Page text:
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443 BC

From Wikipedia, the free encyclopedia

Millennium: 1st millennium BC
443 BC in various calendars
Gregorian calendar443 BC
Ab urbe condita311
Ancient Egypt eraXXVII dynasty, 83
- PharaohArtaxerxes I of Persia, 23
Ancient Greek era84th Olympiad, year 2
Assyrian calendar4308
Balinese saka calendarN/A
Bengali calendar−1035
Berber calendar508
Buddhist calendar102
Burmese calendar−1080
Byzantine calendar5066–5067
Chinese calendar丁酉年 (Fire Rooster)
2255 or 2048
    — to —
戊戌年 (Earth Dog)
2256 or 2049
Coptic calendar−726 – −725
Discordian calendar724
Ethiopian calendar−450 – −449
Hebrew calendar3318–3319
Hindu calendars
 - Vikram Samvat−386 – −385
 - Shaka SamvatN/A
 - Kali Yuga2658–2659
Holocene calendar9558
Iranian calendar1064 BP – 1063 BP
Islamic calendar1097 BH – 1096 BH
Javanese calendarN/A
Julian calendarN/A
Korean calendar1891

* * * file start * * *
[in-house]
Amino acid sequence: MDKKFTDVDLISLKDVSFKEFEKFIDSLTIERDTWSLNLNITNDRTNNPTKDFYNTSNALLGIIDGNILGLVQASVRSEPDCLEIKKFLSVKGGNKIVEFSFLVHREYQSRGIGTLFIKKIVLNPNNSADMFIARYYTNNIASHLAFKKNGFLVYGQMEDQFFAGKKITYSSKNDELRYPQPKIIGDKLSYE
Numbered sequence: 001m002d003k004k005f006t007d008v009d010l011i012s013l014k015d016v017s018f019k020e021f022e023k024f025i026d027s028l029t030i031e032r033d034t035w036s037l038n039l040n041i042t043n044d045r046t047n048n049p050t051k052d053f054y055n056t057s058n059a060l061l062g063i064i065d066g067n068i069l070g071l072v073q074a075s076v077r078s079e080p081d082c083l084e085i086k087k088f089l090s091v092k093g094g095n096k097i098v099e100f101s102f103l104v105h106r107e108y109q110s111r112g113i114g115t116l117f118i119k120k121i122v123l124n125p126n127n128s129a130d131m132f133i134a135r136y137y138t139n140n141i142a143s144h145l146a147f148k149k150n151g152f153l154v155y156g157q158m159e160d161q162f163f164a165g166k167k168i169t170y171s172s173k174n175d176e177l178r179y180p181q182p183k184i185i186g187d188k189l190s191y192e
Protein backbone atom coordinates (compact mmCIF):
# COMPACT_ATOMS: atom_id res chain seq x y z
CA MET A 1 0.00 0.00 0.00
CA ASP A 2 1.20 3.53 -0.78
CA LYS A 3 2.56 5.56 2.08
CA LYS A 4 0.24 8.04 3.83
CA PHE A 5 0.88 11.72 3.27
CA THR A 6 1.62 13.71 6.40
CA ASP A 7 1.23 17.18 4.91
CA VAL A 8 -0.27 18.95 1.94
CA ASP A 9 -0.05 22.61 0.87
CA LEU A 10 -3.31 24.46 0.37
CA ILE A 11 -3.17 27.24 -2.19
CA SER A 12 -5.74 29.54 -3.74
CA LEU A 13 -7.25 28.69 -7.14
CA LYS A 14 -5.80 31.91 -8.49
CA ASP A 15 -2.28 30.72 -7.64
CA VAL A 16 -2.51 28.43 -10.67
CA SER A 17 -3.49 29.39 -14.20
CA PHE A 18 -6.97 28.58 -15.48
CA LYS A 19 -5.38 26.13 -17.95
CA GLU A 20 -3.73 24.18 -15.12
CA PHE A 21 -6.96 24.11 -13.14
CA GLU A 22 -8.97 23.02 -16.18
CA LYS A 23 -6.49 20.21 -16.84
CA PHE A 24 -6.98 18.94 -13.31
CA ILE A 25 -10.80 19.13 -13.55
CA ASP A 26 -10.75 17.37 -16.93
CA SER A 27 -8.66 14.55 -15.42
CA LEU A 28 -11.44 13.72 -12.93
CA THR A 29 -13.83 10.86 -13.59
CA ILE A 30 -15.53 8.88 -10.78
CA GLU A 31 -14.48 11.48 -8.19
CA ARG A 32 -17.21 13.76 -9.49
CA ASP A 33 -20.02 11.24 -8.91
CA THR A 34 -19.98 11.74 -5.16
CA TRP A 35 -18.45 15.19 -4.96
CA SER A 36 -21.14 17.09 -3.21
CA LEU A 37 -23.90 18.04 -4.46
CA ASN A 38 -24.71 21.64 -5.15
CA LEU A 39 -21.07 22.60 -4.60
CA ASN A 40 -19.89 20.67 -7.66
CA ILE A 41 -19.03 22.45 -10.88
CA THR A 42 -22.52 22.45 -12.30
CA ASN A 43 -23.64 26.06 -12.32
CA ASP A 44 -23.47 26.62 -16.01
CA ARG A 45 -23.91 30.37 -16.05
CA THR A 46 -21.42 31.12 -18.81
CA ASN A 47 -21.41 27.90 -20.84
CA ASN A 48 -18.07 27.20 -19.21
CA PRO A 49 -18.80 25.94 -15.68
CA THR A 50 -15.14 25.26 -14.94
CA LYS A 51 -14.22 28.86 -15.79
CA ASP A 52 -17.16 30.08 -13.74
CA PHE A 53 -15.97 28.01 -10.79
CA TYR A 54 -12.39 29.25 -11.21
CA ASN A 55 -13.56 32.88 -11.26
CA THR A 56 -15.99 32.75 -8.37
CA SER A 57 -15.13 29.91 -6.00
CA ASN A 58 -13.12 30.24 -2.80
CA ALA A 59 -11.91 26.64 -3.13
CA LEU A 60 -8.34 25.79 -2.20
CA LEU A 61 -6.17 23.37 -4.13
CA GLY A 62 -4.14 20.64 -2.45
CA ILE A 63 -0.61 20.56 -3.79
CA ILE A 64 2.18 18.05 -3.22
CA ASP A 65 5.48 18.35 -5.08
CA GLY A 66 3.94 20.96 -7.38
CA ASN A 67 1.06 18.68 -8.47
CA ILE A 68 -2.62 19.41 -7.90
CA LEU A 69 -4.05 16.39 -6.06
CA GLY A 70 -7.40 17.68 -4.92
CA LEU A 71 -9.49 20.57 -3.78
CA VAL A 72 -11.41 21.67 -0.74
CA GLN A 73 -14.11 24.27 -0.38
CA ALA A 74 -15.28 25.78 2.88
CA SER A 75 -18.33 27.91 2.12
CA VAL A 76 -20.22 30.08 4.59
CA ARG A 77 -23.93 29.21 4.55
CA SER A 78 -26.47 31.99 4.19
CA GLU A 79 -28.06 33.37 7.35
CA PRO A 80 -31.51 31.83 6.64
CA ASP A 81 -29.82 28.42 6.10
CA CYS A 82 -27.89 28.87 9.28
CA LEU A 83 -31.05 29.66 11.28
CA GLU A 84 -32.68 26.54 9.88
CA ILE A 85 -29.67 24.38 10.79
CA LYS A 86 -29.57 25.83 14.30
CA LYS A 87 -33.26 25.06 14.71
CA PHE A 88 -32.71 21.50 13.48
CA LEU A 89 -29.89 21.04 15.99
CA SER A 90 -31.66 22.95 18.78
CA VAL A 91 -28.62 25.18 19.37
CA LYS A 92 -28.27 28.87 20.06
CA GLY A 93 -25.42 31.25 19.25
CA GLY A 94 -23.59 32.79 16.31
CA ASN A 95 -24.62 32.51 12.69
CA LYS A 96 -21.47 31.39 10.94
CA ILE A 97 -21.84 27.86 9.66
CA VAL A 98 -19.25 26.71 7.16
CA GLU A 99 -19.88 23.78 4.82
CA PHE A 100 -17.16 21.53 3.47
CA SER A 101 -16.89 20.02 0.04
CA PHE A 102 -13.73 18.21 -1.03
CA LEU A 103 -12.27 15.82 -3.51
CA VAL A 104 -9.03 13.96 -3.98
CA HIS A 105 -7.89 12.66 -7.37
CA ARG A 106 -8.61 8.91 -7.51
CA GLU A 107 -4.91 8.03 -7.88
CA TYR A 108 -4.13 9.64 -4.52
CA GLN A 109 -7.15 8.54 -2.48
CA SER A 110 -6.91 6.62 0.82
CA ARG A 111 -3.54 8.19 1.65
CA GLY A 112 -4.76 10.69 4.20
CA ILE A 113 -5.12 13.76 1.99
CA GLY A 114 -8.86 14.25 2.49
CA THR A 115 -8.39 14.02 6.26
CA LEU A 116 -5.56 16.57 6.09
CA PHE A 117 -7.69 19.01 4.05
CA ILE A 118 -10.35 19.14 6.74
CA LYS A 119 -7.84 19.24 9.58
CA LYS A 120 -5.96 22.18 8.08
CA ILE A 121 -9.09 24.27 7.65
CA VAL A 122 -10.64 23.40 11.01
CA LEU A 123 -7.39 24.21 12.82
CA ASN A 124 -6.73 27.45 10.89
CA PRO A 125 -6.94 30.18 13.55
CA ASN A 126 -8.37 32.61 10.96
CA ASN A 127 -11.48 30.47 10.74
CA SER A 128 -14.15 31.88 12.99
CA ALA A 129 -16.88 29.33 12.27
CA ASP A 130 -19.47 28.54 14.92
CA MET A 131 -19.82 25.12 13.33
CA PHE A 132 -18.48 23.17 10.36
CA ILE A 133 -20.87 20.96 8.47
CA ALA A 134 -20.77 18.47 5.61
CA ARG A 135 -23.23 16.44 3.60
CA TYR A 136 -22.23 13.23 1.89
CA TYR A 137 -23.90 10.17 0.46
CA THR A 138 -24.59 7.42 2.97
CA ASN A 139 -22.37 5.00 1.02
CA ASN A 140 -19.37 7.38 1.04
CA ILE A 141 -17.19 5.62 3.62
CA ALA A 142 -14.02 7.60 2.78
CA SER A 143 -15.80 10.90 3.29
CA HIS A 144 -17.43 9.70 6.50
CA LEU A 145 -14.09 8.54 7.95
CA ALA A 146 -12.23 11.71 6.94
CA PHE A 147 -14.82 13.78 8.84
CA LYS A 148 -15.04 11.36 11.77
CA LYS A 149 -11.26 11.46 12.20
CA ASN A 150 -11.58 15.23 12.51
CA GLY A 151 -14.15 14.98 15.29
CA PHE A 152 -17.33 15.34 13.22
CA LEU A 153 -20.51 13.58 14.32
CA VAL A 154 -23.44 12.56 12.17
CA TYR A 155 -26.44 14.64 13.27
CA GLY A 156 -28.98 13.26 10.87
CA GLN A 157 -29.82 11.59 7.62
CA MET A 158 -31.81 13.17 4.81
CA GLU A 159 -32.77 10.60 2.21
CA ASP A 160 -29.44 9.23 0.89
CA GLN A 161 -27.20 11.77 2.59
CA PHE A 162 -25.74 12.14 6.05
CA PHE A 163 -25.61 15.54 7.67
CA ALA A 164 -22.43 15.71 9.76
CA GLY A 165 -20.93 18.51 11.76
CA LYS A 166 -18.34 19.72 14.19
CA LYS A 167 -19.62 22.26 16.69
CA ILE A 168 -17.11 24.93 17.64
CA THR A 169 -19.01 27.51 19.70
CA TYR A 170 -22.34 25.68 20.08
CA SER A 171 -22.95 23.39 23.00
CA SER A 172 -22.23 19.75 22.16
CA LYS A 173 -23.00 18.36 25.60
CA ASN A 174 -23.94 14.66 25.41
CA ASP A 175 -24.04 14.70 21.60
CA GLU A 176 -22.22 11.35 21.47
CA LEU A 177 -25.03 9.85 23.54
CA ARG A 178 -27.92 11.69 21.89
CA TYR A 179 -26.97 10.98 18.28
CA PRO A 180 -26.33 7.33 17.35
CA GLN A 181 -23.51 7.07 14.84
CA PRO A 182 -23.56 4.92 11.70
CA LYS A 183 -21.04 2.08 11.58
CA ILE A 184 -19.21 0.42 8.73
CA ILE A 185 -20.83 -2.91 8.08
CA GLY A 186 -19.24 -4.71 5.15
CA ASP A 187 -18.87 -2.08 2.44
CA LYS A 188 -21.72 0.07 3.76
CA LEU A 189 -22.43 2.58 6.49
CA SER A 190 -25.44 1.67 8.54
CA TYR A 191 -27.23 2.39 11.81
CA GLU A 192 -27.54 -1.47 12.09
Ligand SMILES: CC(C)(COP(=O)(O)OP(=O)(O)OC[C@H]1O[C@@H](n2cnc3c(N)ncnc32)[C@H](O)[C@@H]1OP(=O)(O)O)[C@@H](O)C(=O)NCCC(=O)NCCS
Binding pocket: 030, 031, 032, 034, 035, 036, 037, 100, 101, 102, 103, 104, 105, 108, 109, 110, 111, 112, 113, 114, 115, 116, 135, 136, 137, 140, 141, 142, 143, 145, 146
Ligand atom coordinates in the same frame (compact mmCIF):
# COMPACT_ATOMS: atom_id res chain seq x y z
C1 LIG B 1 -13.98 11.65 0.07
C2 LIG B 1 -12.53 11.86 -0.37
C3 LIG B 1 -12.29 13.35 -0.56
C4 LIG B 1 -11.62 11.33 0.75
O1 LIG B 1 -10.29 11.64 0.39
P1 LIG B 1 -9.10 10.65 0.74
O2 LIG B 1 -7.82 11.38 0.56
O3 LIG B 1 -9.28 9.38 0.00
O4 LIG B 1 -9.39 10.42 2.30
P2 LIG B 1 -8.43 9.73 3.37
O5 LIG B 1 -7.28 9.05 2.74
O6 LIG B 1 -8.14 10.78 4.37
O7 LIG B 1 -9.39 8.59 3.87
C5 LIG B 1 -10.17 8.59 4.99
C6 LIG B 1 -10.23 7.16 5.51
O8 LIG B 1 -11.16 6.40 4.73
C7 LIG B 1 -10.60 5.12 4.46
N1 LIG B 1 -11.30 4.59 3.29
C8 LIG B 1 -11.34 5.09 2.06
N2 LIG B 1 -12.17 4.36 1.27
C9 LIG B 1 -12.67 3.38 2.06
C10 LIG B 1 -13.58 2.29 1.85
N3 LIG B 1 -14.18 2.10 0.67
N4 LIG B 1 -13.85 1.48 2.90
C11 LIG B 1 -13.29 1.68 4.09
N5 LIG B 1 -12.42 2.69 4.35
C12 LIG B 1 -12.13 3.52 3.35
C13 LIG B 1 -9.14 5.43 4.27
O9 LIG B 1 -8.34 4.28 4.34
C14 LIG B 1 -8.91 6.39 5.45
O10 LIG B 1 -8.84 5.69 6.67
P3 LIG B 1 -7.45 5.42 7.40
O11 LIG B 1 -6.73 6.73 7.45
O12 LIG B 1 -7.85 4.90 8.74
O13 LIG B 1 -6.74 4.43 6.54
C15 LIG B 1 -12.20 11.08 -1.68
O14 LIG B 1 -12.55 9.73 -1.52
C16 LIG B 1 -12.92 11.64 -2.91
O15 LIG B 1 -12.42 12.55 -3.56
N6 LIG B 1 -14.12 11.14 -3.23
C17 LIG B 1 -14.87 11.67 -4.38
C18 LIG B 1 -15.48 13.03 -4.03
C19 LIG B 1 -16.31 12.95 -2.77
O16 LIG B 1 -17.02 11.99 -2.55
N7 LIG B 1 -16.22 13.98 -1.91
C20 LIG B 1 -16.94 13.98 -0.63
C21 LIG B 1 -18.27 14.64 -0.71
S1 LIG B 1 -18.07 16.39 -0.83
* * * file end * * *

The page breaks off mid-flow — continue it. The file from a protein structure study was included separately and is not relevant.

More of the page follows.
Minguo calendar2354 before ROC
Nanakshahi calendar−1910
Thai solar calendar100–101
Tibetan calendar阴火鸡年
(female Fire-Rooster)
−316 or −697 or −1469
    — to —
(male Earth-Dog)
−315 or −696 or −1468

Year 443 BC was a year of the pre-Julian Roman calendar. At the time, it was known as the Year of the Consulship of Macerinus and Barbatus (or, less frequently, year 311 Ab urbe condita). The denomination 443 BC for this year has been used since the early medieval period, when the Anno Domini calendar era became the prevalent method in Europe for naming years.



By place


Roman Republic

  • No consuls are elected in Rome, but rather military tribunes with consular power are appointed in their stead. While only patricians could be consuls, some military tribunes were plebeians. These positions had responsibility for the census, a vital function in the financial administration of Rome. So to stop the plebeians from possibly gaining control of the census, the patricians remove from the consuls and tribunes the right to take the census, and rather entrust it to two magistrates, called censores who were to be chosen exclusively from the patricians in Rome.








  1. ^ "The Princeton Encyclopedia of Classical Sites, TABERNAE (Lalla Djillalia) Morocco. , THIVERNY Oise, France. , THURII later COPIA, Apulia, Italy". www.perseus.tufts.edu. Retrieved July 10, 2024.